IAG WEBINAR SERIES O1: Managing & Mitigating the Threat of COVID-19
- IAG Philippines
In the first installment of IAG Webinar Series (April 03, 2020), BARMM local government minister and concurrent regional spokesman Atty. Naguib Sinarimbo walked us through how the BARMM regional government is managing and mitigating the evolving threat of the COVID-19 pandemic. Our friends from the civil society, academe, NGO sector, international and diplomatic community were the attendees in this webinar.
Updates on BARMM Response to COVID-19 Pandemic
Atty. Naguib Sinarimbo, BARMM Local Government Minister & Spokesperson
April 03, 2020
Good morning to our colleagues. I hope everyone is safe. What I'll do is try to quickly walk you through the response at the level of the regional government of the BARMM and hopefully try to answer if there are some issues that you want to clarify.
I think this is an important conversation for most of us because a lot of what used to be the mechanism for updating everyone and in trying to understand what actually is happening in the region has been put to hold – so no meetings, no conferences. What we now have really are just press releases and mostly updates coming from the regional government.
What we have in the region now is a response that's principally driven by the pandemic. What we've done is, first, organized the Interagency Task Force (IATF) that is tasked to lead the response in the region. The task force is headed by Chief Minister Al Haj Murad Ebrahim. We have an emergency operations center located at the Rapid Emergency Action on Disaster Incidence (BARMM-READI), also in the compound of the regional government. That emergency operations center is manned 24/7 by our personnel. All of the response and data generated from the different ministries as well as the provincial offices are consolidated at the operations center.
The response in the regional government has been principally driven by IATF. For now, we've developed also a contingency plan for responding to the pandemic. The contingency plan was drafted by a joint team from the different ministries of the regional government as well as the Mindanao Humanitarian Team – that's the team consisting of INGOs operating in Mindanao, but principally in the autonomous region. The Interagency Task Force has adopted this plan and that's the plan being pursued now.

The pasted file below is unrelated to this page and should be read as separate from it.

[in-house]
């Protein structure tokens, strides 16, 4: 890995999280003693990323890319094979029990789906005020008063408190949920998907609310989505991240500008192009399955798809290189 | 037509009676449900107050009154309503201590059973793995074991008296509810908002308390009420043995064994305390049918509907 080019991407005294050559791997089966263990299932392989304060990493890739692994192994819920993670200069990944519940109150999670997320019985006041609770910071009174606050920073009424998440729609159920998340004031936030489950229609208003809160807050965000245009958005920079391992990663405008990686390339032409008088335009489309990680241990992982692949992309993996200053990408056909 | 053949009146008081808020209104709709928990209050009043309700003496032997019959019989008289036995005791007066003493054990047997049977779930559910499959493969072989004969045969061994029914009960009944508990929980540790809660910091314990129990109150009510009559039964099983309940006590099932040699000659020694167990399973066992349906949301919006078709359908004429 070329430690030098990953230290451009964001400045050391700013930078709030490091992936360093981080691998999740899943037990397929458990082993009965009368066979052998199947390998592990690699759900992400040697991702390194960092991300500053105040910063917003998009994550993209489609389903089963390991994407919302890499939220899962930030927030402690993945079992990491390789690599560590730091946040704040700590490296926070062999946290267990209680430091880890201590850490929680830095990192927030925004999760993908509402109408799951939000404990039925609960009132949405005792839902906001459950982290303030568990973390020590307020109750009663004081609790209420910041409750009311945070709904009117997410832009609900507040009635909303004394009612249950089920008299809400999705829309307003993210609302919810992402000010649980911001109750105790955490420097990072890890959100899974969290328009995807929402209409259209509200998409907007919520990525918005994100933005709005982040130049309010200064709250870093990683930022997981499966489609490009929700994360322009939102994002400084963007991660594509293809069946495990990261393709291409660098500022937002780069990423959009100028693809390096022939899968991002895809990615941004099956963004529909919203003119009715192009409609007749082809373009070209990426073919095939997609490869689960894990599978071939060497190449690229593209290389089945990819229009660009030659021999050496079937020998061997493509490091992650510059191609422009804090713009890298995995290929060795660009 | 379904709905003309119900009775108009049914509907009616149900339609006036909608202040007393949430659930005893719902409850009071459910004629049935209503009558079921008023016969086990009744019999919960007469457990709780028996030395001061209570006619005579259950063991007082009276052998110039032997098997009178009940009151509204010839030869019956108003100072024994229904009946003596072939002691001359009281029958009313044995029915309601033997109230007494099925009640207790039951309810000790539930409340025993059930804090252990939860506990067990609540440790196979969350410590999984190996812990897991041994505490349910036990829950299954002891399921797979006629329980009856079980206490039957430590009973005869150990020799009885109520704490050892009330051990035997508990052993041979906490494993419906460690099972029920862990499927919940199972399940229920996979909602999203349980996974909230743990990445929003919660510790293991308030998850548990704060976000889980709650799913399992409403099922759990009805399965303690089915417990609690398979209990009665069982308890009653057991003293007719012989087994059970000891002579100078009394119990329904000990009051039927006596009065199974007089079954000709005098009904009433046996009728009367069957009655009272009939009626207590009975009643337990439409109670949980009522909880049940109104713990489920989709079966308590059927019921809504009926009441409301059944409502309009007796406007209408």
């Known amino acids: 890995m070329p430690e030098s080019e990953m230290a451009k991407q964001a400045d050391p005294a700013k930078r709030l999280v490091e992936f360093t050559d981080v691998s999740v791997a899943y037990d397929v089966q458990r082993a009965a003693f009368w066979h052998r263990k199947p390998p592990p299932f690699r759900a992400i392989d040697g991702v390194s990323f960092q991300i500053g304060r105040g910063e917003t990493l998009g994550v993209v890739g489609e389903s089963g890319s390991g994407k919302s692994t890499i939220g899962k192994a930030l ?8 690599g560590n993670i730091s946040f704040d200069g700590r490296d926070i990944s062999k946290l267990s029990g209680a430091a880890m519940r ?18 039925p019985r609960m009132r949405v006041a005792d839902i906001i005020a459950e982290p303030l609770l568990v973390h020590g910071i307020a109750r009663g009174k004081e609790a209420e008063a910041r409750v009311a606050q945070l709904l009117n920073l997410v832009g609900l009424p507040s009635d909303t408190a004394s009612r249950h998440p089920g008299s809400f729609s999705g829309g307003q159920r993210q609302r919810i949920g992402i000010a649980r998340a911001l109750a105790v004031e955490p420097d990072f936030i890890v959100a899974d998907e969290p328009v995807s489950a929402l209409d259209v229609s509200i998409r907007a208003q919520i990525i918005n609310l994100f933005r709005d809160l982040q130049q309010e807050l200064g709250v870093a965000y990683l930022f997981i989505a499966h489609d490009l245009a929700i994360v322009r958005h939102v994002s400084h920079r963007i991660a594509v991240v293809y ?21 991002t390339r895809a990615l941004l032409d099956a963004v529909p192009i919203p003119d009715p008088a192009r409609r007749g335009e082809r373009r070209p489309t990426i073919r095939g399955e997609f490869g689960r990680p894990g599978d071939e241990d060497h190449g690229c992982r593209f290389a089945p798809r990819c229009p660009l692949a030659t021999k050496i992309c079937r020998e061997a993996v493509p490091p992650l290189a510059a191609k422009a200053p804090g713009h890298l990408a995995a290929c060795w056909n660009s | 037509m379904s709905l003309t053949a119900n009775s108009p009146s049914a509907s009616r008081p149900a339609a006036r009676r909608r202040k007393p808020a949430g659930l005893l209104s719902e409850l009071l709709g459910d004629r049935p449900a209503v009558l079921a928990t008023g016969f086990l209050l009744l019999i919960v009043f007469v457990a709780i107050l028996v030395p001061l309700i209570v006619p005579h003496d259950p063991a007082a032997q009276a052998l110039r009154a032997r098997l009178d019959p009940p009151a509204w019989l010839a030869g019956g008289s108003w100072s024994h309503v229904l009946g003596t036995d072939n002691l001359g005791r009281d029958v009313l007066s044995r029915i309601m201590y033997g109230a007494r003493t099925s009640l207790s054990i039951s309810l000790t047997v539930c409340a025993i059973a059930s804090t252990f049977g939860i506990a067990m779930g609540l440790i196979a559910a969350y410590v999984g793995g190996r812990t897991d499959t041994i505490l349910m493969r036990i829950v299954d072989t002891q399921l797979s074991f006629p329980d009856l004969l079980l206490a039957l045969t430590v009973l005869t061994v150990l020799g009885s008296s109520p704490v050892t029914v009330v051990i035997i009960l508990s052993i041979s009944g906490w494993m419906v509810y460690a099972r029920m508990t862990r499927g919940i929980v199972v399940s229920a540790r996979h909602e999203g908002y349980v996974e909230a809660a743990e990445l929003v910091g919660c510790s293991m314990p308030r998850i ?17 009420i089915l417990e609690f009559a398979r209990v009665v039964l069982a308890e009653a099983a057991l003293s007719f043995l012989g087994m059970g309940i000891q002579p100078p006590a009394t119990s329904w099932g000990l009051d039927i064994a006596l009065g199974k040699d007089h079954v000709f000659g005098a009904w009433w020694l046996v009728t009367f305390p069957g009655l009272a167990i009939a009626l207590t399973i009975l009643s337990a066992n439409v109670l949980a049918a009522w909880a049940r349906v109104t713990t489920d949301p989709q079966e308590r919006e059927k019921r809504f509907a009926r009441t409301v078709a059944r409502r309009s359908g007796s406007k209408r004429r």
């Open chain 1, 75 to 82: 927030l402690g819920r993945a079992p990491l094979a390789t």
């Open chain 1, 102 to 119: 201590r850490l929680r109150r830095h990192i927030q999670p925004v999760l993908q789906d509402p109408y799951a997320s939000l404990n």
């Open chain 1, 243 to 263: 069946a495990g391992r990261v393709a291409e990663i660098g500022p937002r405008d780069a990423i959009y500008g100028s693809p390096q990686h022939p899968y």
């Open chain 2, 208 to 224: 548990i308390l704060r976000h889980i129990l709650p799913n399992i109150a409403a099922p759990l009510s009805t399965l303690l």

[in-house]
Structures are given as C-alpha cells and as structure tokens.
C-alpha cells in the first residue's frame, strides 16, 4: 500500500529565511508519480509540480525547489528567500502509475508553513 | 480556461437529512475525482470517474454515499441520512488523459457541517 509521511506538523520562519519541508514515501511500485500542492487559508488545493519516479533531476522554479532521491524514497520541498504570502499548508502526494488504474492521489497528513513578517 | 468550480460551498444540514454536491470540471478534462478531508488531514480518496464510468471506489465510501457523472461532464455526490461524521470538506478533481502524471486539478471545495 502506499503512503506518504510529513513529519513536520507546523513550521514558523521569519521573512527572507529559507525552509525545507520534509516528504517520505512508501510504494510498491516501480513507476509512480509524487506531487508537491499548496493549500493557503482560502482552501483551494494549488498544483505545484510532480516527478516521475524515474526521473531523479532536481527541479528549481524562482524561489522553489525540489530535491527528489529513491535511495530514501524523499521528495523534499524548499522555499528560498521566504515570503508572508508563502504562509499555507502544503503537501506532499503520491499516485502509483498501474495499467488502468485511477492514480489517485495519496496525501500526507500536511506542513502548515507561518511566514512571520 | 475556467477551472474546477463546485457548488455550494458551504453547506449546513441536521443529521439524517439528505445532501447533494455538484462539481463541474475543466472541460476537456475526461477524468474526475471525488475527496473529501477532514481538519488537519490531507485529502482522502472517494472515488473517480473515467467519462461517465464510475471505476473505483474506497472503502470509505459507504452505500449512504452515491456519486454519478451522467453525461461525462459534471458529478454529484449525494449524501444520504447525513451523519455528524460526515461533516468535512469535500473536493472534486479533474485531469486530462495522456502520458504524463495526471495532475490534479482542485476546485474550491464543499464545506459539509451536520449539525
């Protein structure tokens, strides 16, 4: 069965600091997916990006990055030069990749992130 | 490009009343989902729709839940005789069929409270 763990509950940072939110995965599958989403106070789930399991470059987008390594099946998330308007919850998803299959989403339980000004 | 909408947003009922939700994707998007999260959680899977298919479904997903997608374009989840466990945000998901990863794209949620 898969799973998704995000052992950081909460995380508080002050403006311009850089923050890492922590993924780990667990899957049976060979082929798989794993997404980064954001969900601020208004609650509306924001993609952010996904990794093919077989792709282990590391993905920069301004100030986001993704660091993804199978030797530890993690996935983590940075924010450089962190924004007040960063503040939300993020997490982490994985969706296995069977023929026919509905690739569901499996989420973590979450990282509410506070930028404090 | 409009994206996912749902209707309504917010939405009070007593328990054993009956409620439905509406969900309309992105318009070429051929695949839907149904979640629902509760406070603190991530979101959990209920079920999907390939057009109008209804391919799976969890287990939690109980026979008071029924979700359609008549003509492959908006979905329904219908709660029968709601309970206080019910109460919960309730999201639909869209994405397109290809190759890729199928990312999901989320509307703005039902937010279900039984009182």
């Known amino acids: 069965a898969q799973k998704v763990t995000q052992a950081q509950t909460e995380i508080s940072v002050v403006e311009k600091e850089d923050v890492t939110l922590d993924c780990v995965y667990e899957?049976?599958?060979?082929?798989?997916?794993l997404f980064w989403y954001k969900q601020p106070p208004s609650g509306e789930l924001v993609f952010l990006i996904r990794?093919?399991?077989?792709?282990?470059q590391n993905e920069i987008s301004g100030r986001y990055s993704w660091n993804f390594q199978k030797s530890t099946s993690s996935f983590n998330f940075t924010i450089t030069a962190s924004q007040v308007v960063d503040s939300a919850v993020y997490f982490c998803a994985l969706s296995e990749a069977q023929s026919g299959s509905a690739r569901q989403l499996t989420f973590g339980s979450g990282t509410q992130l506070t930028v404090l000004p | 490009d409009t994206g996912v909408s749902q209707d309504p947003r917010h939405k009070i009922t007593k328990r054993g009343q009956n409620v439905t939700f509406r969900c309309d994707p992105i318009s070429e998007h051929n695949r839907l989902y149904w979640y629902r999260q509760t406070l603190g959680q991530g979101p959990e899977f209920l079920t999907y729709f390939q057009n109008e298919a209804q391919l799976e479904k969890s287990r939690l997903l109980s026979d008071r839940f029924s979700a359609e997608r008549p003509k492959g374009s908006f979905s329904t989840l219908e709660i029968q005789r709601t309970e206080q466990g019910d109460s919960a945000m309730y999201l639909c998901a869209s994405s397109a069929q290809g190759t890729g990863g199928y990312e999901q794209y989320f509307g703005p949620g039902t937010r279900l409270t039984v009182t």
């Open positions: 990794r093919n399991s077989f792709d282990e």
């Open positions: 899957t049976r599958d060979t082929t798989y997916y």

So far today, let me first give you what are the numbers in the region in terms of the COVID-19 pandemic. In all, we already have six confirmed cases in the region and we have a total of 228 persons under investigation (PUIs). We started with a pretty much higher number for PUIs, but they've been subsequently dropped as a result of the completion of their 14-day quarantine and no further symptoms have been indicated so they were essentially dropped from the list.
As for persons under monitoring (PUMs) we have a total of 7,584 that now include all of the five provinces as well as 63 barangays in North Cotabato. Total deaths as of today are already three, mostly from Lanao area, Marawi City.
And then we also have two earlier confined persons under investigations (PUIs) that subsequently tested positive but they've already recovered, so two have actually recovered and only one remains in home quarantine.
As of today, most of the confirmed cases are actually in the Lanao area and that is why there is a stricter enhanced community quarantine implementation in the province of Lanao del Sur.
We can tell you quickly what are the reasons for apparently the numbers coming out of Lanao del Sur. First is that the first cases in the country are actually from people in Greenhills in Metro Manila. They were Maranaos who subsequently tested positive. There was a couple -- the couple also died later. The one case in Cagayan de Oro was also a Maranao. When the lockdown in Manila was declared, there was a window of two days provided. Most of our Maranao constituents from Metro Manila entered the province of Lanao del Sur and Marawi City and so we are closely monitoring the cases in Lanao del. Sur.
The other one is that many of the participants in a religious gathering in Kuala Lumpur where a lot of people tested positive – the participants from the Philippines and the region where mostly from Lanao del Sur so when they returned home, that also contributed to the numbers that we’re seeing from the province.
The other frontline that we are closely watching is the island provinces because of the returning workers from Sabah, Malaysia where you also have a higher number of people that tested positive. There is a concerted effort to quarantine those coming from Sabah and now entering Sulu, Basilan and Tawi-Tawi. We are working very, very closely with the Western Mindanao Command to provide a quarantine area. We identified three islands in the island provinces where these returning workers from Sabah can actually be quarantined and then processed before they are actually allowed to enter the communities in the island provinces.